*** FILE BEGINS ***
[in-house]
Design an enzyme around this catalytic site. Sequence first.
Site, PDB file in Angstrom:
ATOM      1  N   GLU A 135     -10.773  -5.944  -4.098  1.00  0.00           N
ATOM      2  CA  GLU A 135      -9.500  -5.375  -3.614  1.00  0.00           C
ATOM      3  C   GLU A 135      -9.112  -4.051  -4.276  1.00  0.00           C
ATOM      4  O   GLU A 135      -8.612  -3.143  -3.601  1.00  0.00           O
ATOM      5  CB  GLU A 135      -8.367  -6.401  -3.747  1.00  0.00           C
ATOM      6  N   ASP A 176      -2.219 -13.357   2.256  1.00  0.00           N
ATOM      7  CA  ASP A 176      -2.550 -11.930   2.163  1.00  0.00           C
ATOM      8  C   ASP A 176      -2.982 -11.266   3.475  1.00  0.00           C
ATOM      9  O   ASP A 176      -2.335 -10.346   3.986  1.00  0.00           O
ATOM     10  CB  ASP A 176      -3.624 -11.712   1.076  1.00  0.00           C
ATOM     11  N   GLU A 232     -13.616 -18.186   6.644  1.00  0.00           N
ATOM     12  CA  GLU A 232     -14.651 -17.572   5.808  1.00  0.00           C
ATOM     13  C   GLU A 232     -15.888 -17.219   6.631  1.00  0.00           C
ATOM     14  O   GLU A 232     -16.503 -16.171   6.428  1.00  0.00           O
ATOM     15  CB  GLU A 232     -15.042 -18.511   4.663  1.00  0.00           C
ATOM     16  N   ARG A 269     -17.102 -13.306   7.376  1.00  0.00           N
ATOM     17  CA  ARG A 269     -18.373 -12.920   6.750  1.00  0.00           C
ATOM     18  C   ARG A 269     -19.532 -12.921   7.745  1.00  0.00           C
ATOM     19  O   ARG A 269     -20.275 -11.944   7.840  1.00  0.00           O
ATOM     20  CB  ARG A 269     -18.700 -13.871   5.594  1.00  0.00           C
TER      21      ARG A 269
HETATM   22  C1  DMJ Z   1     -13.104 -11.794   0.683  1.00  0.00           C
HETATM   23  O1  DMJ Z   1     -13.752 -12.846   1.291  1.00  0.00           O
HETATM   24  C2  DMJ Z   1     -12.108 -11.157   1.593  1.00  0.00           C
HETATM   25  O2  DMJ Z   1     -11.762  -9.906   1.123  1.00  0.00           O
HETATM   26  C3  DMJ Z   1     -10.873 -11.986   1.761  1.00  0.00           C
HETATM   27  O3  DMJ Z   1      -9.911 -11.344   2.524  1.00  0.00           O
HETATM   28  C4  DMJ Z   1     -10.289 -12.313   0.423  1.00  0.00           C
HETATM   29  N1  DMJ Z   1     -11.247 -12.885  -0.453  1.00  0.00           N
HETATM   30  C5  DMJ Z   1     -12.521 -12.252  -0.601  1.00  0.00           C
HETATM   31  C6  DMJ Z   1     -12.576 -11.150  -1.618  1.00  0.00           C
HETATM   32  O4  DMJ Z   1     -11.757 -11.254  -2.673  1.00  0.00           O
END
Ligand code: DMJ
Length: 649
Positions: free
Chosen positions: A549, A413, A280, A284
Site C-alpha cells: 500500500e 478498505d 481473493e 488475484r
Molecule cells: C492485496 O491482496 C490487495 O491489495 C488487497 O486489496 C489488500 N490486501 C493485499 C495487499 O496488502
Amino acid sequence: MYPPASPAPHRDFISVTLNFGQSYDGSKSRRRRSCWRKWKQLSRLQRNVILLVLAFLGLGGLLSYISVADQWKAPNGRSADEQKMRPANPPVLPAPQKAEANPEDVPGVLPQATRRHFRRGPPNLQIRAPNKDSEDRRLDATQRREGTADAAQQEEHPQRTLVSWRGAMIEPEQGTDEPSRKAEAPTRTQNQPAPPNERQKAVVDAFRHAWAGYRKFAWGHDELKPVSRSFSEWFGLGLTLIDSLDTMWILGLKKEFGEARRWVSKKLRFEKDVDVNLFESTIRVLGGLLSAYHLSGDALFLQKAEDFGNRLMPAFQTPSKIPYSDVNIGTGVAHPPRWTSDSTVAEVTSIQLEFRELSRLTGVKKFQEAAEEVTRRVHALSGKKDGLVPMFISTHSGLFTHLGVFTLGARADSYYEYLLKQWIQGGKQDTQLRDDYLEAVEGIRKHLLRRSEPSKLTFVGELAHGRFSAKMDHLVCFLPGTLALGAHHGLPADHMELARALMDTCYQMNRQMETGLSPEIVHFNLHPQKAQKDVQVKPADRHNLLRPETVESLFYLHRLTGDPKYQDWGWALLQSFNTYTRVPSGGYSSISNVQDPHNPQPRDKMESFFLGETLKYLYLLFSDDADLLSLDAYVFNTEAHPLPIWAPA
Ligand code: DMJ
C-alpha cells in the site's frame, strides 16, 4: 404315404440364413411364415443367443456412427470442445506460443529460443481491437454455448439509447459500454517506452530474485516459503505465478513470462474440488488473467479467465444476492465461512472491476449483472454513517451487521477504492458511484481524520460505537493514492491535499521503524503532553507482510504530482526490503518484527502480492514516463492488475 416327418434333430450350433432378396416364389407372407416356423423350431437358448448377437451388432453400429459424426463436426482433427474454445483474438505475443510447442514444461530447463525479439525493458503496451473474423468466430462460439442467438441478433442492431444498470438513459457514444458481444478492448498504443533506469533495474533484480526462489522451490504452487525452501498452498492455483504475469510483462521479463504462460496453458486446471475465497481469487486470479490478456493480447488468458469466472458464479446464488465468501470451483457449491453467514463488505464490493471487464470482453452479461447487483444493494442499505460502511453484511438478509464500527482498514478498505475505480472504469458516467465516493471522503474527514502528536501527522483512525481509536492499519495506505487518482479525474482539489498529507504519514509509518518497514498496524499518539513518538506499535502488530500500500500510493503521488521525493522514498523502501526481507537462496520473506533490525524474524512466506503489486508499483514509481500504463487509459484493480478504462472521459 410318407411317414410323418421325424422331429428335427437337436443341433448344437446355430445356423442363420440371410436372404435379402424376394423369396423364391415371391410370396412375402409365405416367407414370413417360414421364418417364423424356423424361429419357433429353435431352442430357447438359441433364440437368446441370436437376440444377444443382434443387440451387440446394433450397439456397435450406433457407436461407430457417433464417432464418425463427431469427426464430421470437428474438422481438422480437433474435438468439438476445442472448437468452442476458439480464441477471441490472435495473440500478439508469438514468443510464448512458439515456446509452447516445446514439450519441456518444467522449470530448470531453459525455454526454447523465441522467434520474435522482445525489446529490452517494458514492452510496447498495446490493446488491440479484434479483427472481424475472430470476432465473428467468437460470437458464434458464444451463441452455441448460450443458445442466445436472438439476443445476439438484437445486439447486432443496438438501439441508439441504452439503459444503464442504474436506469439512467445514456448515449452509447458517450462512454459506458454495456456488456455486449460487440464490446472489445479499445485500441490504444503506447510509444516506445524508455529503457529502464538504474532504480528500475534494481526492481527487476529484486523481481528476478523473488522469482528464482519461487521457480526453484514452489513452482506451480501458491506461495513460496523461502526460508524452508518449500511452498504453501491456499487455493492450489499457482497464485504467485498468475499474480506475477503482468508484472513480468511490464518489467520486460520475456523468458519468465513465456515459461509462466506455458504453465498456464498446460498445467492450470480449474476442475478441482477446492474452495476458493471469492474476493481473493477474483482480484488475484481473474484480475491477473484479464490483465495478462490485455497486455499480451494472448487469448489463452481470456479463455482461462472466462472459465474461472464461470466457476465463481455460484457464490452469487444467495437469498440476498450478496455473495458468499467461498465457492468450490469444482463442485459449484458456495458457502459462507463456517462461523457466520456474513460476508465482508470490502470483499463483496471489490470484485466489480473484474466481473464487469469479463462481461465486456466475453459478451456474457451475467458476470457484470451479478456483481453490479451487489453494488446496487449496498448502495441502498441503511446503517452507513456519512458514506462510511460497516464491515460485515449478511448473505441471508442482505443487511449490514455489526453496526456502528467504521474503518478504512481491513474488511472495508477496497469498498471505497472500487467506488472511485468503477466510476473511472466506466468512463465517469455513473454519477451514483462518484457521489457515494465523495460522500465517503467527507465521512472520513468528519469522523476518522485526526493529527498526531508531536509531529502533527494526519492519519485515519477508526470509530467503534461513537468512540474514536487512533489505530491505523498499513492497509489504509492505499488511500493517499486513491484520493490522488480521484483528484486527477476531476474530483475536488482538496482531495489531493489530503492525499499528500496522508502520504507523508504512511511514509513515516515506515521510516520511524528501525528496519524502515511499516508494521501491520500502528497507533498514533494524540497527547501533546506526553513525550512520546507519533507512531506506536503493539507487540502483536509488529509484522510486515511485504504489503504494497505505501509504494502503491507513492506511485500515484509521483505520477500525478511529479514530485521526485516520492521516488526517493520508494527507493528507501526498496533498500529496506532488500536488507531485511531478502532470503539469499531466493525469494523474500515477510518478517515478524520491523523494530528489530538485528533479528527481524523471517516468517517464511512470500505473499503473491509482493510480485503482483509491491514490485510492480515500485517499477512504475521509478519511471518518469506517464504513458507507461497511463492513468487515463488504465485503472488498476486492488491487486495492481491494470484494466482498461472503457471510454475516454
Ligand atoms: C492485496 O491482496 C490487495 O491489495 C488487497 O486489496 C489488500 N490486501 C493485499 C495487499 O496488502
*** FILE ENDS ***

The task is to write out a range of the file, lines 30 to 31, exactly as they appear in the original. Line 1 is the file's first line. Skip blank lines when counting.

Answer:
HETATM   27  O3  DMJ Z   1      -9.911 -11.344   2.524  1.00  0.00           O
HETATM   28  C4  DMJ Z   1     -10.289 -12.313   0.423  1.00  0.00           C